2019 PhysTEC Conference Invited Talks

Plenary Speakers

Rebranding Teaching

Zachary Levine, TEACH

In the marketing industry, we would say that the teaching profession has a brand image problem. Zachary will speak about lessons and
insights that TEACH has gained about how to elevate the brand of teaching in the eyes of Millennials and Generation Z.

Sports on the Moon

Arthur Eisenkraft, University of Massachusetts Boston

One day humans will thrive on the Moon for extended periods of time. Similar to life on Earth people will engage in exercise and entertainment. Sports can satisfy both of these needs. This "sports on the Moon" challenge has been attempted by high school students, college students, teachers, scientists and engineers (including some NASA scientists). This presentation will also describe how this type of challenge can be used to improve science instruction. The challenge is one of nine chapters in Active Physics, a high school curriculum project, conceived and developed by AAPT, APS, and AIP with NSF support. The curriculum uses a 7E instructional model (engage, elicit, explore, explain, elaborate, extend, evaluate) at both the lesson level and the chapter level. At the lesson level, students are engaged through a cartoon. Teachers then elicit students' prior understanding of the science content. The students then explore the science through an investigation. After completing the investigation, students explain their results and the teacher helps place their explanations into a larger theoretical structure. The students and teacher then elaborate this content and see how it applies to related situations. Finally, the students extend their understanding by transferring the science content to their chapter challenge – developing a sport that can be played on the Moon. Throughout the lesson, the teacher is evaluating student understanding.

What do thriving physics teacher education programs do? Insights from the Physics Teacher Education Program Analysis (PTEPA) Rubric.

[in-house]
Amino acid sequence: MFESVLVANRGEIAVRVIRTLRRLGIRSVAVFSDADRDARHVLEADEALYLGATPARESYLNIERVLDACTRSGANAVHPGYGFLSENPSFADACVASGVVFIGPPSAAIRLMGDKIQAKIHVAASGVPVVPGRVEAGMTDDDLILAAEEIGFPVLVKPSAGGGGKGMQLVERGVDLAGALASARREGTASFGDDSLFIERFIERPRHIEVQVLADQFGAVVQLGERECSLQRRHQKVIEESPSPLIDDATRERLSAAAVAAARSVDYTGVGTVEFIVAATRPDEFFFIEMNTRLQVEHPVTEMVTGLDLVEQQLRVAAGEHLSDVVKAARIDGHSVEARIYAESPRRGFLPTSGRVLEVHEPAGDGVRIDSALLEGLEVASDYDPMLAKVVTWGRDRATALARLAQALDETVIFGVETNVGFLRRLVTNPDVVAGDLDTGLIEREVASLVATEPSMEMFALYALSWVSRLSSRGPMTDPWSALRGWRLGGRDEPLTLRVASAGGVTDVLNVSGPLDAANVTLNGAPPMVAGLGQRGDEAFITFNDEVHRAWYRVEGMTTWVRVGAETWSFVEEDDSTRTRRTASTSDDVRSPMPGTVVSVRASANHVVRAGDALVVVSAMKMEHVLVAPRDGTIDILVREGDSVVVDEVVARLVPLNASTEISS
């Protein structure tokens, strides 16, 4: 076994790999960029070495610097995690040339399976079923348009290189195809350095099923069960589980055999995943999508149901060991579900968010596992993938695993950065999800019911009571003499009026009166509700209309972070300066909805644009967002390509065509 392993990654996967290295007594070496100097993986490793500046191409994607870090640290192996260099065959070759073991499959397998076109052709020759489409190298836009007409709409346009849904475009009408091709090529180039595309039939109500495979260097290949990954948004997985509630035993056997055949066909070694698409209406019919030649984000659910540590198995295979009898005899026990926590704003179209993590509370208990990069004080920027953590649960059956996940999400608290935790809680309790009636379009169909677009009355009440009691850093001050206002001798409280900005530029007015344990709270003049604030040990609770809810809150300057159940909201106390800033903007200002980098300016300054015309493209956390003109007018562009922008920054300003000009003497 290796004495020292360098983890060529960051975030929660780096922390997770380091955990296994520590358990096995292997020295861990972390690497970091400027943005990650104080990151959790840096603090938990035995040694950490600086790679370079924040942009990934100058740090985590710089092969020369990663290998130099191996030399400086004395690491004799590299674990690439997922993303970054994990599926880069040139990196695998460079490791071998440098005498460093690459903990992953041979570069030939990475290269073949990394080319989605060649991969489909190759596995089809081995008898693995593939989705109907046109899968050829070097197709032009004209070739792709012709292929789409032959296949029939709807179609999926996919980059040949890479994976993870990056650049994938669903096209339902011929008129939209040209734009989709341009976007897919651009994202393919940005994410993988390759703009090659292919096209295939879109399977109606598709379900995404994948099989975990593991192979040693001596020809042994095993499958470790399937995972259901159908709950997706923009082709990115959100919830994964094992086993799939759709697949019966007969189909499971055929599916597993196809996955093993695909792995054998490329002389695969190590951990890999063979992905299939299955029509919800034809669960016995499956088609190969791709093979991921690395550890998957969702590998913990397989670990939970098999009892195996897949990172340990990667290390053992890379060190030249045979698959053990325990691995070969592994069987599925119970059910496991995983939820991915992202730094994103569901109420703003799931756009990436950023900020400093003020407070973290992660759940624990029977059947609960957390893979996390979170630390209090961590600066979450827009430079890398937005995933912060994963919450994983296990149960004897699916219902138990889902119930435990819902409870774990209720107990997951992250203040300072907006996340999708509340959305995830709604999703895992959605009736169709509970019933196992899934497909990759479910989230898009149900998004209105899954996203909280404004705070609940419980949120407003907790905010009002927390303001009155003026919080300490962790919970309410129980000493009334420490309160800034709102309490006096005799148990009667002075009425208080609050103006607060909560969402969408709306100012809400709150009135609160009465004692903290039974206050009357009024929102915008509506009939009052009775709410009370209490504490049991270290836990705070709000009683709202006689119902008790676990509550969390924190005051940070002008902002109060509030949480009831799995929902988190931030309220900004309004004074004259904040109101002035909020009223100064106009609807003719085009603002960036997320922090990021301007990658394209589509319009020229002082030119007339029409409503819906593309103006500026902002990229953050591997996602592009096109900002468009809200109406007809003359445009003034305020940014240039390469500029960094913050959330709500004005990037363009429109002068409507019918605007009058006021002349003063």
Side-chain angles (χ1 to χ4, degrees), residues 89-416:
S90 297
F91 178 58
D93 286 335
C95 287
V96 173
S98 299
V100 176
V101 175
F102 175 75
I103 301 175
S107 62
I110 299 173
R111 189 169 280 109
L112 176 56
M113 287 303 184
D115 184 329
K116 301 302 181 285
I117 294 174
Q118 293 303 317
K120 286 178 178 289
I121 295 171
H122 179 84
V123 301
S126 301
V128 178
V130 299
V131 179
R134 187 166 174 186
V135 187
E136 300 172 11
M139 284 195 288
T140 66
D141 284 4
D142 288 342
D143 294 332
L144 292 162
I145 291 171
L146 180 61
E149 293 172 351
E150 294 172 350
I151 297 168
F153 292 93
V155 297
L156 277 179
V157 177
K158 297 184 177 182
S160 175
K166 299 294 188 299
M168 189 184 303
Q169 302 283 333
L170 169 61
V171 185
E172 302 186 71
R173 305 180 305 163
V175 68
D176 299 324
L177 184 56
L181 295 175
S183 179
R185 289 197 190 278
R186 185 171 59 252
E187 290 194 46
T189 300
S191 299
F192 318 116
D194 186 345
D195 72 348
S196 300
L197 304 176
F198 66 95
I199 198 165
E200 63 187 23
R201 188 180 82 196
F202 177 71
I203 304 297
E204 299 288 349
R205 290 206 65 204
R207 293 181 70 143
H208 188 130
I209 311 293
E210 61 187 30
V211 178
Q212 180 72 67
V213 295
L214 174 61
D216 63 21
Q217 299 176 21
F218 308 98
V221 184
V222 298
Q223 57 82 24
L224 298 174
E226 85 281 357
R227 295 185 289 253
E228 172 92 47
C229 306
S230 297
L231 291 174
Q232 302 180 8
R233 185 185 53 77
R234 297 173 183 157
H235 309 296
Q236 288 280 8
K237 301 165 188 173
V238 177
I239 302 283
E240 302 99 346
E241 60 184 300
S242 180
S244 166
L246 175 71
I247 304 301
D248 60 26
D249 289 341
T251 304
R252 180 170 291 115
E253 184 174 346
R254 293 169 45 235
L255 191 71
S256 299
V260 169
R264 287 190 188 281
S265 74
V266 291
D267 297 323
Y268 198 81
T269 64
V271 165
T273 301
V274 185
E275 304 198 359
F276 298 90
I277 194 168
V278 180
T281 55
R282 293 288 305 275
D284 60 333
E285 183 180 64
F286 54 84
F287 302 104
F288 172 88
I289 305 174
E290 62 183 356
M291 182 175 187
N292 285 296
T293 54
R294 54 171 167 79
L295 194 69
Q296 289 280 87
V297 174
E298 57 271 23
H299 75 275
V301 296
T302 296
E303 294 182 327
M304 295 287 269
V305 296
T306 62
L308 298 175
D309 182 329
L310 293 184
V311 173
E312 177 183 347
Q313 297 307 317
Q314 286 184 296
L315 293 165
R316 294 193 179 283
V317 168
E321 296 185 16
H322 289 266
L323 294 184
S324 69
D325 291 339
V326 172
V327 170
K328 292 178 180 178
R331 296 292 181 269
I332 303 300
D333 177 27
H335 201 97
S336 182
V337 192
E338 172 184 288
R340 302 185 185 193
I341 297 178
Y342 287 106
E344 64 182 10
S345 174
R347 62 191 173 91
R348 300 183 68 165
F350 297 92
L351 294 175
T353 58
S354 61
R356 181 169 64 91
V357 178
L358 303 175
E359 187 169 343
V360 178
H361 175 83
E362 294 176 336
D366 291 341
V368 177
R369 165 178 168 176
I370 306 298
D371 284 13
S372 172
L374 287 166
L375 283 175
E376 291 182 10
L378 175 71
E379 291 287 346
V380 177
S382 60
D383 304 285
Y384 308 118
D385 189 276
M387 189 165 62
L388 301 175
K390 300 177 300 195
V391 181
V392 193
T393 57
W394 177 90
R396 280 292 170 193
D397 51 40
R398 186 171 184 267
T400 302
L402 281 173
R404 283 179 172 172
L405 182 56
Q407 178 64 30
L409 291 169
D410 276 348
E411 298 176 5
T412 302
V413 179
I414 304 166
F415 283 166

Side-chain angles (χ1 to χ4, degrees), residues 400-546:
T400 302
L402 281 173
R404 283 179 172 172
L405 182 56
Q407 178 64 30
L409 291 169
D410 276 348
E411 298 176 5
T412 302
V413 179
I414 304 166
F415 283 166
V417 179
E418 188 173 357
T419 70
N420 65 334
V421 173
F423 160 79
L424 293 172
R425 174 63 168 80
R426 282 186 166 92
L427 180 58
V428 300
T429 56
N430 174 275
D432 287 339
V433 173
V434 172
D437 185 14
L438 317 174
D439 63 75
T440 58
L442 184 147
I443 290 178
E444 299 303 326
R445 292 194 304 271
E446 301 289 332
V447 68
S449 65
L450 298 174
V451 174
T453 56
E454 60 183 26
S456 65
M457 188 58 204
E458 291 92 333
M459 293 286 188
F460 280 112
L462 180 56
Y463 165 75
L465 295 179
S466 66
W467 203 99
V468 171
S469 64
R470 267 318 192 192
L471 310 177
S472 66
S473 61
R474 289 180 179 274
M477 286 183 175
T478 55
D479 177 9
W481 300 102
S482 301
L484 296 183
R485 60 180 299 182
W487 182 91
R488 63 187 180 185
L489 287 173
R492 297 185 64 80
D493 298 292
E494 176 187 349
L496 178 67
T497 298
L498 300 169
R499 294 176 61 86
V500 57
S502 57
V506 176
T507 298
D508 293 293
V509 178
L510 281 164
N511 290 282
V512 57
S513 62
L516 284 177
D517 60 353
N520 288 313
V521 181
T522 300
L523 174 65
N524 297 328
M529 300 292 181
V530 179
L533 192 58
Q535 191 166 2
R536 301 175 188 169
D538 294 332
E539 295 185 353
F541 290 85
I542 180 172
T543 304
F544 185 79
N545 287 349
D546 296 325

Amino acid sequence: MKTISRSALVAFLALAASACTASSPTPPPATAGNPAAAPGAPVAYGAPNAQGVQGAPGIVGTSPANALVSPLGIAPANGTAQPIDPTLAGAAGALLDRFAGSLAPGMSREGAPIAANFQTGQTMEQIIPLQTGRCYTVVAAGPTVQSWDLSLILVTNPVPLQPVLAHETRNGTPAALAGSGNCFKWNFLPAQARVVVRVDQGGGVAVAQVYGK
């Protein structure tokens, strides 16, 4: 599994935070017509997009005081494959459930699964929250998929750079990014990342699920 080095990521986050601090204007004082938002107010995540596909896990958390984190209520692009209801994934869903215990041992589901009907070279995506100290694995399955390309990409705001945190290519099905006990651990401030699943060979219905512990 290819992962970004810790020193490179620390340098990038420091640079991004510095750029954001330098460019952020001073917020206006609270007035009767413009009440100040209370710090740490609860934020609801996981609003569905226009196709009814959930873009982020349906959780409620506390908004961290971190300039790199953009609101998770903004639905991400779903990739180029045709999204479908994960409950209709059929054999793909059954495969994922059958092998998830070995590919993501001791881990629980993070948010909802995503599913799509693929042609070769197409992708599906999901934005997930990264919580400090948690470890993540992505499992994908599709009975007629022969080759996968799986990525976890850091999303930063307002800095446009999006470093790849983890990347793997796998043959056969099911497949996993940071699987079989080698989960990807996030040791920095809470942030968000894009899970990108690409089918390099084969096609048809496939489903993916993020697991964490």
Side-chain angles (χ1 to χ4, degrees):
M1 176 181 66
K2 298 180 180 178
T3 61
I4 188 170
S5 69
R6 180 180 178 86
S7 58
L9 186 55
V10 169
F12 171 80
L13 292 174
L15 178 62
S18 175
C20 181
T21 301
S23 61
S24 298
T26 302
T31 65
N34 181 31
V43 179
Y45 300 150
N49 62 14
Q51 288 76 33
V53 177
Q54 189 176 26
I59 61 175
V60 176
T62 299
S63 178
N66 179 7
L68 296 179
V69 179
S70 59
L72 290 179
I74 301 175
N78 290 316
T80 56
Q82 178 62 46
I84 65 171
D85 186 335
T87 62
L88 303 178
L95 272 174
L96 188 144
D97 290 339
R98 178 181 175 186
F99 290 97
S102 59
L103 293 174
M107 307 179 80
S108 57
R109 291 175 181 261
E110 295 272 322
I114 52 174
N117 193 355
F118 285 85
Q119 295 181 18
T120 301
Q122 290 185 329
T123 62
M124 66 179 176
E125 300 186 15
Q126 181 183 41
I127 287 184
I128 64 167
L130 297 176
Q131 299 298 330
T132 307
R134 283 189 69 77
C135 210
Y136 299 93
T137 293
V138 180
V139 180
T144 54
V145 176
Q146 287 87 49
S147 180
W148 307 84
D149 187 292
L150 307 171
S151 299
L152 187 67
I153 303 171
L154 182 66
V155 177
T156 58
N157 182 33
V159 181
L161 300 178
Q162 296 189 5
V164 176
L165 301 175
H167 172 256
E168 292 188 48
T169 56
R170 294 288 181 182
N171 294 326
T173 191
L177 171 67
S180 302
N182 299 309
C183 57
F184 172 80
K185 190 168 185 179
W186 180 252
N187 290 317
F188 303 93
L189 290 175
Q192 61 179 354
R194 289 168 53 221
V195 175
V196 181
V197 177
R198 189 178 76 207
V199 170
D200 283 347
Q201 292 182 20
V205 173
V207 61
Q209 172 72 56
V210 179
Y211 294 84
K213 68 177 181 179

Stephanie V. Chasteen, Chasteen Consulting

The Physics Teacher Education Program Analysis (PTEPA) Rubric is a new instrument designed by PhysTEC to provide a specific, objective, and reliable guide for physics teacher education programs, enabling self-reflection, measurement of program growth, and creating research opportunities. The PTEPA Rubric is informed by the PhysTEC Key Components, but offers more specific guidance about program practices and measurement of success. The PTEPA Rubric was developed to describe what thriving physics teacher education programs do (i.e., programs at large universities that typically graduate five or more highly-qualified physics teachers in a year). We will describe the process of PTEPA Rubric development, initial insights gained from the instrument, and how you can use it to improve your program, no matter its size.

We acknowledge funding from NSF-0808790, NSF-1707990 and APSs 21st Century Campaign for this work.

Post Conference Workshop

Get the Facts Out: Changing the Conversation Around STEM Teacher Recruitment

Wendy K. Adams, Colorado School of Mines

The new PTaP (Perceptions of Teaching as a Profession) survey and the recent APS POPA (Panel on Public Affairs) report has found that there are strongly held beliefs about the teaching profession, many of which are misperceptions. These misperceptions discourage students from exploring teaching as a viable career option. The major misperceptions that preclude consideration of teaching as a career are: (1) the inaccurate belief that the salary gap between teaching, the private sector and government is very wide; and (2) inaccurate beliefs about tangible and intangible benefits of the profession. The POPA report has also found that discussing teaching as a career option correlates with the number of teaching majors in a department. To encourage discussion about teaching as a profession and change these misperceptions, we formed a partnership among APS, the American Association of Physics Teachers, the American Chemical Society, the Mathematical Association of America, 100Kin10, a behavioral change researcher, a neuroscience messaging expert, and several colleges and universities to develop a joint national campaign effort called Get the Facts Out. This campaign provides resources for faculty to use when discussing math or science teaching as a profession with STEM undergraduates.